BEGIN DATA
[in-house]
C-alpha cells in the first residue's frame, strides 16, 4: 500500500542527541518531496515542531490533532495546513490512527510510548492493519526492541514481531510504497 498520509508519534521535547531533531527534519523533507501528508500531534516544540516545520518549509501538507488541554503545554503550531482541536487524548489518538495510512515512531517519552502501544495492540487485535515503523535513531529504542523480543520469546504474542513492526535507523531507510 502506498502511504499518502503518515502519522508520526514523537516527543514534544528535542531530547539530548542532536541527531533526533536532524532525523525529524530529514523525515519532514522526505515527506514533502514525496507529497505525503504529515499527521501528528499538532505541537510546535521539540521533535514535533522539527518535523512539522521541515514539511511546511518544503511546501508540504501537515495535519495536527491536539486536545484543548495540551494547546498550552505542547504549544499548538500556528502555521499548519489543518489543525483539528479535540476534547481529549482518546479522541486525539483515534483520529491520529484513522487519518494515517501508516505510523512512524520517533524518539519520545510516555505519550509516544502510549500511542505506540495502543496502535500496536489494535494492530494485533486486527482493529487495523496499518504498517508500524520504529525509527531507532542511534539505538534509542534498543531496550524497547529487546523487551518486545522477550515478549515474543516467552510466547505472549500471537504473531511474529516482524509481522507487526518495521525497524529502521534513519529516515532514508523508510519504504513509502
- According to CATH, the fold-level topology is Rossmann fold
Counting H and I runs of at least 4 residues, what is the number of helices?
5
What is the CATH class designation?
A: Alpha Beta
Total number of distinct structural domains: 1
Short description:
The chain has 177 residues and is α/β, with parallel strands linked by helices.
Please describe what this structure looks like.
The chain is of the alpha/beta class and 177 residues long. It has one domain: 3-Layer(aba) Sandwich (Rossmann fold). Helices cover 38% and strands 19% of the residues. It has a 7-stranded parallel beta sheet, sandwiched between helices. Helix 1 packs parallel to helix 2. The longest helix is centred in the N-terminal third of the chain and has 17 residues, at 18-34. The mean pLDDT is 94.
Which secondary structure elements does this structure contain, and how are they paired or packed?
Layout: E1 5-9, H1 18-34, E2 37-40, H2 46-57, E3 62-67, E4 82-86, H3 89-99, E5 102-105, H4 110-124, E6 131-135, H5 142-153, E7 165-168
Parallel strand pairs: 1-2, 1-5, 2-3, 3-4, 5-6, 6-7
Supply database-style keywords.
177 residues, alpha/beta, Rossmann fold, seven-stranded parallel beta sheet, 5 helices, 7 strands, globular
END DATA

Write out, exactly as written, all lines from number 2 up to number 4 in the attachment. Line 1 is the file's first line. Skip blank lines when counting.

C-alpha cells in the first residue's frame, strides 16, 4: 500500500542527541518531496515542531490533532495546513490512527510510548492493519526492541514481531510504497 498520509508519534521535547531533531527534519523533507501528508500531534516544540516545520518549509501538507488541554503545554503550531482541536487524548489518538495510512515512531517519552502501544495492540487485535515503523535513531529504542523480543520469546504474542513492526535507523531507510 502506498502511504499518502503518515502519522508520526514523537516527543514534544528535542531530547539530548542532536541527531533526533536532524532525523525529524530529514523525515519532514522526505515527506514533502514525496507529497505525503504529515499527521501528528499538532505541537510546535521539540521533535514535533522539527518535523512539522521541515514539511511546511518544503511546501508540504501537515495535519495536527491536539486536545484543548495540551494547546498550552505542547504549544499548538500556528502555521499548519489543518489543525483539528479535540476534547481529549482518546479522541486525539483515534483520529491520529484513522487519518494515517501508516505510523512512524520517533524518539519520545510516555505519550509516544502510549500511542505506540495502543496502535500496536489494535494492530494485533486486527482493529487495523496499518504498517508500524520504529525509527531507532542511534539505538534509542534498543531496550524497547529487546523487551518486545522477550515478549515474543516467552510466547505472549500471537504473531511474529516482524509481522507487526518495521525497524529502521534513519529516515532514508523508510519504504513509502
- According to CATH, the fold-level topology is Rossmann fold
Counting H and I runs of at least 4 residues, what is the number of helices?